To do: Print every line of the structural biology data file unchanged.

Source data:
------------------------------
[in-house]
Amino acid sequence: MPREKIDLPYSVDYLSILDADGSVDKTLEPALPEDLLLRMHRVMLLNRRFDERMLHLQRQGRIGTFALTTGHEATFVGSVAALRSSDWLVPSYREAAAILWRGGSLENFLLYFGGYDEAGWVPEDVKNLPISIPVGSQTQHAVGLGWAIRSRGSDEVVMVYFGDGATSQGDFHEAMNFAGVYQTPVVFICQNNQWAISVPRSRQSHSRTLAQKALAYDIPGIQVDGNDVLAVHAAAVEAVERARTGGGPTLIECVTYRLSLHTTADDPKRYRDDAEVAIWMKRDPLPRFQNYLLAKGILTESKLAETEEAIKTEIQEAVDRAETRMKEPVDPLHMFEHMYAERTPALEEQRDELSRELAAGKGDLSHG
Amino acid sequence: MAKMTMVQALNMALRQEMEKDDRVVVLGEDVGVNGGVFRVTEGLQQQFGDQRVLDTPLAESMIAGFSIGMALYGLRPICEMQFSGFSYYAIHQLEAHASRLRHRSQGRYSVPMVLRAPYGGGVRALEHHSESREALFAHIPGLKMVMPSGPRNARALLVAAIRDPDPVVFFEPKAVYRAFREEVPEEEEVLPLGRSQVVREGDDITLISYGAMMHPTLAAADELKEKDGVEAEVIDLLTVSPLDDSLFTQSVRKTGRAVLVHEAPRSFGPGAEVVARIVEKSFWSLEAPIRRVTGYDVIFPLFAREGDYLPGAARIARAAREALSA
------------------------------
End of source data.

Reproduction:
[in-house]
Amino acid sequence: MPREKIDLPYSVDYLSILDADGSVDKTLEPALPEDLLLRMHRVMLLNRRFDERMLHLQRQGRIGTFALTTGHEATFVGSVAALRSSDWLVPSYREAAAILWRGGSLENFLLYFGGYDEAGWVPEDVKNLPISIPVGSQTQHAVGLGWAIRSRGSDEVVMVYFGDGATSQGDFHEAMNFAGVYQTPVVFICQNNQWAISVPRSRQSHSRTLAQKALAYDIPGIQVDGNDVLAVHAAAVEAVERARTGGGPTLIECVTYRLSLHTTADDPKRYRDDAEVAIWMKRDPLPRFQNYLLAKGILTESKLAETEEAIKTEIQEAVDRAETRMKEPVDPLHMFEHMYAERTPALEEQRDELSRELAAGKGDLSHG
Amino acid sequence: MAKMTMVQALNMALRQEMEKDDRVVVLGEDVGVNGGVFRVTEGLQQQFGDQRVLDTPLAESMIAGFSIGMALYGLRPICEMQFSGFSYYAIHQLEAHASRLRHRSQGRYSVPMVLRAPYGGGVRALEHHSESREALFAHIPGLKMVMPSGPRNARALLVAAIRDPDPVVFFEPKAVYRAFREEVPEEEEVLPLGRSQVVREGDDITLISYGAMMHPTLAAADELKEKDGVEAEVIDLLTVSPLDDSLFTQSVRKTGRAVLVHEAPRSFGPGAEVVARIVEKSFWSLEAPIRRVTGYDVIFPLFAREGDYLPGAARIARAAREALSA